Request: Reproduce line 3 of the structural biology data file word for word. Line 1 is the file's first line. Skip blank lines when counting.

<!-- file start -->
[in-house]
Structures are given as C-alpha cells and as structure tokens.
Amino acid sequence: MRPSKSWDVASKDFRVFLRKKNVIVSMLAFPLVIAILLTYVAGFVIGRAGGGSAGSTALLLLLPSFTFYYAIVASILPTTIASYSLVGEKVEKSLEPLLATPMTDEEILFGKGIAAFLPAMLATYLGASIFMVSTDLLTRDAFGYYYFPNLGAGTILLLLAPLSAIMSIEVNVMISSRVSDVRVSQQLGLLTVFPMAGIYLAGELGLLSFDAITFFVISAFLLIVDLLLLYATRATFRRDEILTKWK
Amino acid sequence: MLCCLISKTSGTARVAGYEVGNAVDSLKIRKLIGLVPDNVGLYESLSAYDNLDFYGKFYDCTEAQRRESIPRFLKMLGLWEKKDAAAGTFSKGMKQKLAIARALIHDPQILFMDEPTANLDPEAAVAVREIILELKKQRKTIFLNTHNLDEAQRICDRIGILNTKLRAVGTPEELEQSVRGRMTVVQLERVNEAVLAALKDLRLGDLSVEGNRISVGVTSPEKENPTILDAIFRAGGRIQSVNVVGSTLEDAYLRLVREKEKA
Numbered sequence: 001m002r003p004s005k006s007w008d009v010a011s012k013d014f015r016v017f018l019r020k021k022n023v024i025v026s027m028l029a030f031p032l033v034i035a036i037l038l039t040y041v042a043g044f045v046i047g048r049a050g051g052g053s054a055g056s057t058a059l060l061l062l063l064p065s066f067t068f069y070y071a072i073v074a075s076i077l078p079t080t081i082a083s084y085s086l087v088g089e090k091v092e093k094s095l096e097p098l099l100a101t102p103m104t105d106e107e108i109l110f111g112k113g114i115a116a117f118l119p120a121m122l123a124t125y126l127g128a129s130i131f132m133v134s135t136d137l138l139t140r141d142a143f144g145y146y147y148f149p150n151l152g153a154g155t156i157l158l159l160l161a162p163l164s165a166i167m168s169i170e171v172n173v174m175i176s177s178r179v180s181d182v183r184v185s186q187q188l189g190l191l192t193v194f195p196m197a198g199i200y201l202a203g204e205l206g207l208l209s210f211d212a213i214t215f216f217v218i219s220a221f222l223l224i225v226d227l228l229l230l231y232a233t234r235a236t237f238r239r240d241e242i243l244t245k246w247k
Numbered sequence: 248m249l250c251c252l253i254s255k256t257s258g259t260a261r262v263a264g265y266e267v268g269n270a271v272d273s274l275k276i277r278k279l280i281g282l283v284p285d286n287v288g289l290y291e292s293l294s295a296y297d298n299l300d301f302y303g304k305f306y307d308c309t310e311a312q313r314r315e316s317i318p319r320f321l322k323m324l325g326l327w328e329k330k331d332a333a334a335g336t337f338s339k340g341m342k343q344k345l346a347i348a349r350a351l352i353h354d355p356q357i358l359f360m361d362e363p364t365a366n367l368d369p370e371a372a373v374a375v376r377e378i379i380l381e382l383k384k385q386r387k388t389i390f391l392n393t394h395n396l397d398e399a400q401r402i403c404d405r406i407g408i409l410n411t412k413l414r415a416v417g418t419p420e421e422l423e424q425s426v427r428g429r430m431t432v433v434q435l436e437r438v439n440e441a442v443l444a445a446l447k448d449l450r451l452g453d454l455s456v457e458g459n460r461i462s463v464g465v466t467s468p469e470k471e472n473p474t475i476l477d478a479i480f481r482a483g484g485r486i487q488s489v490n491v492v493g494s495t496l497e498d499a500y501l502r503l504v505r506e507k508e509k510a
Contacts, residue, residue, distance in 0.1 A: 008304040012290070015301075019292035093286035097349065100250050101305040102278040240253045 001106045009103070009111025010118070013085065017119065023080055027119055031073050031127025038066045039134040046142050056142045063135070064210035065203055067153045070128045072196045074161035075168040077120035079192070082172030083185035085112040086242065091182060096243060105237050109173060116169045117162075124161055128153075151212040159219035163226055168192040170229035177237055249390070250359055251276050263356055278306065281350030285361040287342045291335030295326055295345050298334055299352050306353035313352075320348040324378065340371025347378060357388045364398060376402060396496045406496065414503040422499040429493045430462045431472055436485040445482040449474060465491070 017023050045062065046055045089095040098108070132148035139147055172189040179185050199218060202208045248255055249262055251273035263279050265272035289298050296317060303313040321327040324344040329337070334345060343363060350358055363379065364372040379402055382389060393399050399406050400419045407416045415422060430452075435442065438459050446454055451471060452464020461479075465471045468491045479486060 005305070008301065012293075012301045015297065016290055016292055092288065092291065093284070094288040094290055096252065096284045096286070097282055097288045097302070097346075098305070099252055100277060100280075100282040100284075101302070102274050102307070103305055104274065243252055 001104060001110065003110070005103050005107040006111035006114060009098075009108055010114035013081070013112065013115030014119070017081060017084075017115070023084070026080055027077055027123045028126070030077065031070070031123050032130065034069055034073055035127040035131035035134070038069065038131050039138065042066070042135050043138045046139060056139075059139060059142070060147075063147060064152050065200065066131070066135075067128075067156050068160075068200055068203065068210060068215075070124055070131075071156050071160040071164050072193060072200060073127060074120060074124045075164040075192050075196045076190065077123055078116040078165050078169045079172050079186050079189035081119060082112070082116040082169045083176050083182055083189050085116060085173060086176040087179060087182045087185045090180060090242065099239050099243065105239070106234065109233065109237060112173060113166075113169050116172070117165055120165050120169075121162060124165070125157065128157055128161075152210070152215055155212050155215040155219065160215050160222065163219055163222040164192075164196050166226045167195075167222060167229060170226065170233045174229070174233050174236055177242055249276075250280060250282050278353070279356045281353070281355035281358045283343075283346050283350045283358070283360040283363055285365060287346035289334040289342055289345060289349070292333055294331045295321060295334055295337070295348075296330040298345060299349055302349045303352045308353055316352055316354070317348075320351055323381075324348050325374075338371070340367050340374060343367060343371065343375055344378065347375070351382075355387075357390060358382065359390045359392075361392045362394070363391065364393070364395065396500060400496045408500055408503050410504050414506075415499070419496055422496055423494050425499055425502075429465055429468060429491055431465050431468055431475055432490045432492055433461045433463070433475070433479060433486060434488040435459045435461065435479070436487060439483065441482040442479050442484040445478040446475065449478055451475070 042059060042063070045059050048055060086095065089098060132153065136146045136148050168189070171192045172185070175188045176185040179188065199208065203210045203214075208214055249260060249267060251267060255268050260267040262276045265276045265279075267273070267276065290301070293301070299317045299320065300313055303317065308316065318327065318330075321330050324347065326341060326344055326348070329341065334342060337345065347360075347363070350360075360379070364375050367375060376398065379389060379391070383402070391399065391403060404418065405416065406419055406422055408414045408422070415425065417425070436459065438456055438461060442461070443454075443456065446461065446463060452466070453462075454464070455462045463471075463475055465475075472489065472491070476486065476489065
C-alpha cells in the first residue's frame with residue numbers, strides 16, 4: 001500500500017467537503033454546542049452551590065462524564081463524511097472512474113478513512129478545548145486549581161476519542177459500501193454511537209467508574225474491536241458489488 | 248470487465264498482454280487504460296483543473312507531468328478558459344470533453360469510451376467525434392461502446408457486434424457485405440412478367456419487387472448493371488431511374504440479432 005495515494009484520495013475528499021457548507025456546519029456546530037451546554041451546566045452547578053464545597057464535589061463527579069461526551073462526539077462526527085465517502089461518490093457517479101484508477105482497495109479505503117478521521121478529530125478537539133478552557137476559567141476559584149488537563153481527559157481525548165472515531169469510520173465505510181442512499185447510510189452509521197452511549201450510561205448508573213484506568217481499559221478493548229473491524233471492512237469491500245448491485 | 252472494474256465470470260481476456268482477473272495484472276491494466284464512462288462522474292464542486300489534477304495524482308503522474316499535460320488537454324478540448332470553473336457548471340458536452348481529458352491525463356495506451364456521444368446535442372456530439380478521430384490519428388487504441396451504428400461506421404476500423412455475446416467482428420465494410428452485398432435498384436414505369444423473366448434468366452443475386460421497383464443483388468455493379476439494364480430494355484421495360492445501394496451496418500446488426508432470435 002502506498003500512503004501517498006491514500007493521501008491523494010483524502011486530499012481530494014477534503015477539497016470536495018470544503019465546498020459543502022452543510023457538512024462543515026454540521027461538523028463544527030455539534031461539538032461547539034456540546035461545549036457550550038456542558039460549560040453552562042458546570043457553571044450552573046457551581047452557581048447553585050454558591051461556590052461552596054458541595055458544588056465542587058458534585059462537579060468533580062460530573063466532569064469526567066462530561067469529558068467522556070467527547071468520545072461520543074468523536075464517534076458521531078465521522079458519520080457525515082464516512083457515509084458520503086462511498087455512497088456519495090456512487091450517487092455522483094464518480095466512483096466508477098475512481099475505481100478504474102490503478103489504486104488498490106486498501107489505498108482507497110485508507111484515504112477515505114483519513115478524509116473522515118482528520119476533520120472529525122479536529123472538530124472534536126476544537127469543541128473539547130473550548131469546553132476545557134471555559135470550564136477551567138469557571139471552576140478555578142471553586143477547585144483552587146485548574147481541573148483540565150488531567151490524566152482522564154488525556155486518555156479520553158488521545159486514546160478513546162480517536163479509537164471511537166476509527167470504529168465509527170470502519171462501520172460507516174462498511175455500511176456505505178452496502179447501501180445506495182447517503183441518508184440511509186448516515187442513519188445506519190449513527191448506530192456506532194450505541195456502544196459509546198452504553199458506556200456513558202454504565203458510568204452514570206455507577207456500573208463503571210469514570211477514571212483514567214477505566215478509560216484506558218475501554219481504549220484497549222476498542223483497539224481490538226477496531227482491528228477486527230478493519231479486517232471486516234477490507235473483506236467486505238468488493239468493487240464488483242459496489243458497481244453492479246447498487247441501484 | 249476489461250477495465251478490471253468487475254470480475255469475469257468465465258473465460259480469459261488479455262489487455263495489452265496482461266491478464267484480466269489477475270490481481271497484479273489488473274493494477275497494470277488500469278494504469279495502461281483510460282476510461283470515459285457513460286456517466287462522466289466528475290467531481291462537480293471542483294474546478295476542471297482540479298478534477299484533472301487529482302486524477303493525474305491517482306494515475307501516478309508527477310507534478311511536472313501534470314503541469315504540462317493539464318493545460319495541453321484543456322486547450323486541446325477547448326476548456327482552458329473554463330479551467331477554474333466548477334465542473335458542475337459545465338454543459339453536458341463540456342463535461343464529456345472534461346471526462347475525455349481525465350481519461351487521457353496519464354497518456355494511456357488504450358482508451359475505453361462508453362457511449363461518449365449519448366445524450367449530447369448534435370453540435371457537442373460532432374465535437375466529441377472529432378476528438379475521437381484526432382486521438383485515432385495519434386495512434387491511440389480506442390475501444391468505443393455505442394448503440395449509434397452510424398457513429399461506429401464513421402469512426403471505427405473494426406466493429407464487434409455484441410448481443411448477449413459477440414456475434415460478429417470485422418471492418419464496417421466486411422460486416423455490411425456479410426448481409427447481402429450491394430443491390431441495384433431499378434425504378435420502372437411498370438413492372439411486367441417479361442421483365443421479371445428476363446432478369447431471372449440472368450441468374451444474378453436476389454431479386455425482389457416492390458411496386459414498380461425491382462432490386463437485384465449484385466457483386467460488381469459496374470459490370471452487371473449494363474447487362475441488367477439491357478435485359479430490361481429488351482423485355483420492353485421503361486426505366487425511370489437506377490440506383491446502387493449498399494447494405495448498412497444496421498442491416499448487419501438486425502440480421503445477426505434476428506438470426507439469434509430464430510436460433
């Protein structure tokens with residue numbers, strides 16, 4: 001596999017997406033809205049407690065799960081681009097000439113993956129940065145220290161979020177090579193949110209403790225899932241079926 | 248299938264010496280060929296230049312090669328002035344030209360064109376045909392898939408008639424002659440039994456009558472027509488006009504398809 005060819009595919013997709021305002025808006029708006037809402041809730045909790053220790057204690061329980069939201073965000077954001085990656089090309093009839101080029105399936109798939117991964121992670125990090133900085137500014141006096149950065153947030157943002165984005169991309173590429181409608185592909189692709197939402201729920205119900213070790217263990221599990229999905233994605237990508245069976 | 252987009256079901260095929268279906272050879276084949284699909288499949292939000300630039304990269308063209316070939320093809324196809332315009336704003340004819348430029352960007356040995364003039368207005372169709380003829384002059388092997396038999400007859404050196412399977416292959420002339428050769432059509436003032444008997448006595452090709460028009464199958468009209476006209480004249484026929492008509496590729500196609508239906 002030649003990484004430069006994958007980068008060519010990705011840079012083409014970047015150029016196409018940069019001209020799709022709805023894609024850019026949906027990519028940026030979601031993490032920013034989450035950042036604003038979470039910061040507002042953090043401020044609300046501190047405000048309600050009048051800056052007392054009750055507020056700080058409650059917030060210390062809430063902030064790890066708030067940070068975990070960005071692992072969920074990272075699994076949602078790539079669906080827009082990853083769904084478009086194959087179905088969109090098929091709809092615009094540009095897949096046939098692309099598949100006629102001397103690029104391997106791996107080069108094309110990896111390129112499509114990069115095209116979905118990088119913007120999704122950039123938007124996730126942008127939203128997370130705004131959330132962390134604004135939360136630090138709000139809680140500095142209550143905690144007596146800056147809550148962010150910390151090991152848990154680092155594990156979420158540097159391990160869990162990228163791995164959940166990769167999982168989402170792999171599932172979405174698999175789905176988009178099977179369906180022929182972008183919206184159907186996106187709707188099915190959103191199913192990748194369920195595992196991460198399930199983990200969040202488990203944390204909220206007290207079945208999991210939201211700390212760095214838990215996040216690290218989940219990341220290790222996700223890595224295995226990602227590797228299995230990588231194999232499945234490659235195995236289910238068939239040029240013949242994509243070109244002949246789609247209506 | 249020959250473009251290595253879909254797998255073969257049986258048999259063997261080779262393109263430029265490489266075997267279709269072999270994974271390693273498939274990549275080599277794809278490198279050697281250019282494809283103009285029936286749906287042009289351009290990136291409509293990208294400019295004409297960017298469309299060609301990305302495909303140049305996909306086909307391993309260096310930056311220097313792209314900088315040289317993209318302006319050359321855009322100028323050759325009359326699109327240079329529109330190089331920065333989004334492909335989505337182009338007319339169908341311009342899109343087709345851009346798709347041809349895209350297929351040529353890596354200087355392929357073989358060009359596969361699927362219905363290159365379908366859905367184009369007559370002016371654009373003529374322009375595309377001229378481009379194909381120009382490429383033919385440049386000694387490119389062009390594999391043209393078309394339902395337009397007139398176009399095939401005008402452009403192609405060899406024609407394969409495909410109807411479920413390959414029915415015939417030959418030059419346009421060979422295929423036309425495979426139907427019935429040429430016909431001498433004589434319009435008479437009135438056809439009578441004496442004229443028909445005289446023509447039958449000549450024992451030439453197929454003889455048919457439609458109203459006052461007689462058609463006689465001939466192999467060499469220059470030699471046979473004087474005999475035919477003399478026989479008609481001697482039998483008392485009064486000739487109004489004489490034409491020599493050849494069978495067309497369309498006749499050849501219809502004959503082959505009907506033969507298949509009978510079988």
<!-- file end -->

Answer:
Amino acid sequence: MRPSKSWDVASKDFRVFLRKKNVIVSMLAFPLVIAILLTYVAGFVIGRAGGGSAGSTALLLLLPSFTFYYAIVASILPTTIASYSLVGEKVEKSLEPLLATPMTDEEILFGKGIAAFLPAMLATYLGASIFMVSTDLLTRDAFGYYYFPNLGAGTILLLLAPLSAIMSIEVNVMISSRVSDVRVSQQLGLLTVFPMAGIYLAGELGLLSFDAITFFVISAFLLIVDLLLLYATRATFRRDEILTKWK